Finally, it is important to note that ~30% of women reported that their prenatal doctor, nurse, or other health care worker never talked with them during one of their prenatal care visits about what to do if they felt depressed or suffered from physical abuse during or after their pregnancy. While we found no difference in PDS risk by having or not having these discussions, professional women’s health organizations have come up with new strategies that may make these discussions more effective. Strategies include using validated screening tools (American College of Obstetricians and Gynecolo-gists, 2015) and extending maternal mental health screening to postpartum period during well-baby and/or primary care visits (Earls et al., 2010; Ko et al., 2017; Practice, 2015). Another useful resource for both health professionals and mothers/families is the Utah Maternal Health Collaborative, a state chapter of Postpartum Support International. Founded in September 2014, this is an all-volunteer organization made up of several hundred community members including survivors of maternal depression as well as healthcare providers (


  • American Psychiatric Association (2013). Diagnostic and statistical manual of mental disorders, (5th ed.) (DSM-5). Washington, DC: American Psychiatric Publishing.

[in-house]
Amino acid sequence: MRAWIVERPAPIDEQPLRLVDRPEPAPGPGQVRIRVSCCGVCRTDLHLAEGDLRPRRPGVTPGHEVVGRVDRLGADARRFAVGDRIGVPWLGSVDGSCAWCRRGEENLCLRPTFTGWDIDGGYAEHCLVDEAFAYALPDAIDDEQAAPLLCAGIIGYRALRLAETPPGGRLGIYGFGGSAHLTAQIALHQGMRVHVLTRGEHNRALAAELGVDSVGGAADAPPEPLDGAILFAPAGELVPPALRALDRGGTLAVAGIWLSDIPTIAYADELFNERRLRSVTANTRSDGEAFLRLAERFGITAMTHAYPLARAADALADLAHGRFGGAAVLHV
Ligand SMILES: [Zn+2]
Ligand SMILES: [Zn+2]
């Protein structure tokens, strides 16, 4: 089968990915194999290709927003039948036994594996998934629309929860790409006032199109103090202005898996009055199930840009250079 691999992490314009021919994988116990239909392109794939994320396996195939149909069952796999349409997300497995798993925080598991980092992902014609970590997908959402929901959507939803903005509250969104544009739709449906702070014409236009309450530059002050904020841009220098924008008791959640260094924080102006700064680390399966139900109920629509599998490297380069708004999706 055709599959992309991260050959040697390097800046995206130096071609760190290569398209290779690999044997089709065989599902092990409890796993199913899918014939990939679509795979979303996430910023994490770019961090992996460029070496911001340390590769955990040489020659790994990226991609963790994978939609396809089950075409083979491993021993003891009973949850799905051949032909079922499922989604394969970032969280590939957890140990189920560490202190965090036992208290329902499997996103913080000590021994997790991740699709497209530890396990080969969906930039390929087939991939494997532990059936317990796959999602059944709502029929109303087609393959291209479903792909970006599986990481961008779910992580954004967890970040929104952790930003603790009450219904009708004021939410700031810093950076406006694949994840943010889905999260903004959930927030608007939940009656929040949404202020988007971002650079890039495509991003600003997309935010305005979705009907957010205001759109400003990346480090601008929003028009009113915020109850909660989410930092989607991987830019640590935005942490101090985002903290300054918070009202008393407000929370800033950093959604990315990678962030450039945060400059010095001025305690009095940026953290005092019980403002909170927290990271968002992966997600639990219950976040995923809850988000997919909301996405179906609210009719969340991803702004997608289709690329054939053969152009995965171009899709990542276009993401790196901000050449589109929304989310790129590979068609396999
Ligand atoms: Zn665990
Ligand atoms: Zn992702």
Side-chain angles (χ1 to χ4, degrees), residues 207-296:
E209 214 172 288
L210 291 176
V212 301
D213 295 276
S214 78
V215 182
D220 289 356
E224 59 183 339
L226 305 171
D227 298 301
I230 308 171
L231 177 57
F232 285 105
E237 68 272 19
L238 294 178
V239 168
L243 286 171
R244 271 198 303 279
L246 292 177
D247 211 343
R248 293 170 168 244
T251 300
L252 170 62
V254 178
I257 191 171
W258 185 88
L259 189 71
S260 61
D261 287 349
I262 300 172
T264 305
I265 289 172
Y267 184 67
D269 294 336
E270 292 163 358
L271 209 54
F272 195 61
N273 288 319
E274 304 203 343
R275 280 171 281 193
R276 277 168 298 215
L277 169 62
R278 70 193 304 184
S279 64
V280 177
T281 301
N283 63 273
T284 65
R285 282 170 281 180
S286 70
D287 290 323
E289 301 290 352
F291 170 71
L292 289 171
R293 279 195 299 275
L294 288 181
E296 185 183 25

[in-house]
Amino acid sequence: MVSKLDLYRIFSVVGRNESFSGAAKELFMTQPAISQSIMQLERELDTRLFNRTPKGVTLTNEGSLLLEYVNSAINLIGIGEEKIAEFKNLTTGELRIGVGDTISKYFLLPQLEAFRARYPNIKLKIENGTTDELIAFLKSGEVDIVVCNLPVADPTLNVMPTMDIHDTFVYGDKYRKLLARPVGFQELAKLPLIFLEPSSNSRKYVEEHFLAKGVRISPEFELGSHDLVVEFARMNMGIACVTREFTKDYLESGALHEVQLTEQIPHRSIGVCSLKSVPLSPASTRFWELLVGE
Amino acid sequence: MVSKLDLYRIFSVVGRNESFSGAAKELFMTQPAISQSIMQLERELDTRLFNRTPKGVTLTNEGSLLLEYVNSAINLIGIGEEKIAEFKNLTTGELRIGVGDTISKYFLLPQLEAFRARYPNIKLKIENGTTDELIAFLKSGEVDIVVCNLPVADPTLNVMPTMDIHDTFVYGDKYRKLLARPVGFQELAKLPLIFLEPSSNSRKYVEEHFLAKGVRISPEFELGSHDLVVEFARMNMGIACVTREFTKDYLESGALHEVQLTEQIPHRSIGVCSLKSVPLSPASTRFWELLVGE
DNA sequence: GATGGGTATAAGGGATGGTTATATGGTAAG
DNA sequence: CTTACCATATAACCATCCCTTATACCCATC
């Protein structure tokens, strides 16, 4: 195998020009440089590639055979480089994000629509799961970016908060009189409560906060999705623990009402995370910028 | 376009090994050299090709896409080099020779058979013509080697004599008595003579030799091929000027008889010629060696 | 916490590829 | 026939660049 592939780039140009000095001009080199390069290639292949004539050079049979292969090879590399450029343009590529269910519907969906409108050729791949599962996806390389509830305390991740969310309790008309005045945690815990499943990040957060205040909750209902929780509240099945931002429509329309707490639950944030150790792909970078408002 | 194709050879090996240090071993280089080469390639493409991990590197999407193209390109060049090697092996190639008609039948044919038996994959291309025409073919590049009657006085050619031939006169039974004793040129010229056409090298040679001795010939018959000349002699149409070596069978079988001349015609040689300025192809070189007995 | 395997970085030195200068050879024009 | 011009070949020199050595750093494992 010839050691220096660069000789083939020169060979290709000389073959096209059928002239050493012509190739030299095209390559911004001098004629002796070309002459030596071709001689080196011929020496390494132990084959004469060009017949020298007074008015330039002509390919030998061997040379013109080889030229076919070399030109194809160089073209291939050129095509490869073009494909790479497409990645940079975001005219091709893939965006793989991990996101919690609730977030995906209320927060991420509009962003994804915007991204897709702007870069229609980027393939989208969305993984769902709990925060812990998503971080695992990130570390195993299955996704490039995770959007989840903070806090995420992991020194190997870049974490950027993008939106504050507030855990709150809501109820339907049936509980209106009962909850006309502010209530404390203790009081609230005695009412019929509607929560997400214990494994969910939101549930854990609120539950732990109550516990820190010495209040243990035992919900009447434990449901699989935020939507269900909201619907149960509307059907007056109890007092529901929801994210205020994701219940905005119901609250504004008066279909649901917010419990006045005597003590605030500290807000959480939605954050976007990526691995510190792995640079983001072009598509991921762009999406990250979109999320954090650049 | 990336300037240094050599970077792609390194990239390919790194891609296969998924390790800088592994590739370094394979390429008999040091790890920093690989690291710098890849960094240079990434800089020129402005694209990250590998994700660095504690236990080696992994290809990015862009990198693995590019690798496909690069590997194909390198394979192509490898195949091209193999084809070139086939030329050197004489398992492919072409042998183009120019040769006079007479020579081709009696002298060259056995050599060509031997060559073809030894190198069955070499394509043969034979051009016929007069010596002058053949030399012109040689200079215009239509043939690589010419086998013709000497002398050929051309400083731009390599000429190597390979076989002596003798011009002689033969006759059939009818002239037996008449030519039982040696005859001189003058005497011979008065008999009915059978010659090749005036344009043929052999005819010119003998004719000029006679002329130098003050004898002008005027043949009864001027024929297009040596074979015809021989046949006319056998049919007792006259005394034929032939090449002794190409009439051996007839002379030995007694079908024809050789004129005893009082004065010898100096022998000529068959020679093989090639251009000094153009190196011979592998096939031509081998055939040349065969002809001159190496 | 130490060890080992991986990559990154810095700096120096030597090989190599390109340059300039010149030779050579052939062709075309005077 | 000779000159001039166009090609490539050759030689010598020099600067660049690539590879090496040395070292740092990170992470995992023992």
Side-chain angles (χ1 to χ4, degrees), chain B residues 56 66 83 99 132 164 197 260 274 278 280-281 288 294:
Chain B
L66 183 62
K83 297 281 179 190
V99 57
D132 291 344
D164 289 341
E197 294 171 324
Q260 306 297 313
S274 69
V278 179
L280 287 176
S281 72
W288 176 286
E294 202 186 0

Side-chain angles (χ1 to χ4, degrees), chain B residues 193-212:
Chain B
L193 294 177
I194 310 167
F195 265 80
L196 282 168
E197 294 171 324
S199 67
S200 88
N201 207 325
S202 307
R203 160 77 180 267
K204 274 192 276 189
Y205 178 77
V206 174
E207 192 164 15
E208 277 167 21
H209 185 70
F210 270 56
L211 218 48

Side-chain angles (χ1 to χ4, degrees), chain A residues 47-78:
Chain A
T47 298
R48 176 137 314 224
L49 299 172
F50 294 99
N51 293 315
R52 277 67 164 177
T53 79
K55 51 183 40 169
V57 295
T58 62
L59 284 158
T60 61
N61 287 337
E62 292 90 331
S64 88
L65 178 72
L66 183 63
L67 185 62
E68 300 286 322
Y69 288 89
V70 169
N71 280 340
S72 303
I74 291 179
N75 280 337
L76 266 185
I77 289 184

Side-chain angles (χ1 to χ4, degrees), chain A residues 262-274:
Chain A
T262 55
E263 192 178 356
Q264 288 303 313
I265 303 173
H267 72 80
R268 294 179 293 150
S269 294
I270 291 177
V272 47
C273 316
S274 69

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  • Gauthreaux, C., Negron, J, Castellanos, D., Ward-Peterson, M., Castro, G., Rodriguez de la Vega, P. & Acuña, J. M. (2017). The association between pregnancy intendedness and experiencing symptoms of postpartum depression among new mothers in the United States, 2009 to 2011: A secondary analysis of PRAMS data. Medicine, 96(6), e5851.
  • Healthy People 2020. Washington, DC. Department of Health and Human Services. Office of Disease Prevention and Health Promotion. Maternal, Infant and Child Health: Postpartum Health and Behavior. Available from Accessed May 1, 2019
  • Ko, J. Y., Farr, S. L., Dietz, P. M., & Robbins, C. L. (2012). Depression and treatment among U.S. pregnant and nonpregnant women of reproductive age, 2005-2009. J Womens Health (Larchmt), 21(8), 830-836.
  • Ko, J. Y., Rockhill, K. M., Tong, V. T., Morrow, B. & Farr, S. L. (2017). Trends in Postpartum Depressive Symptoms – 27 States, 2004, 2008, and 2012. MMWR. Morbidity and Mortality Weekly Report, 66(6), 153-158.


Elmer A, McEwan M, Schliep K. (2019). Data Snapshot: Postpartum Depression. Utah Women’s Health Review. doi: 10.26054/0KYY9AQVJ2.



Allison Elmer, MPH, CPH

Health Educator, Huntsman Cancer Institute, Utah

Monica McEwan, BS

Bouve College of Health Sciences, Northeastern University, Boston, MA

Karen Schliep, PhD

Department of Family and Preventive Medicine, Division of Public Health, University of Utah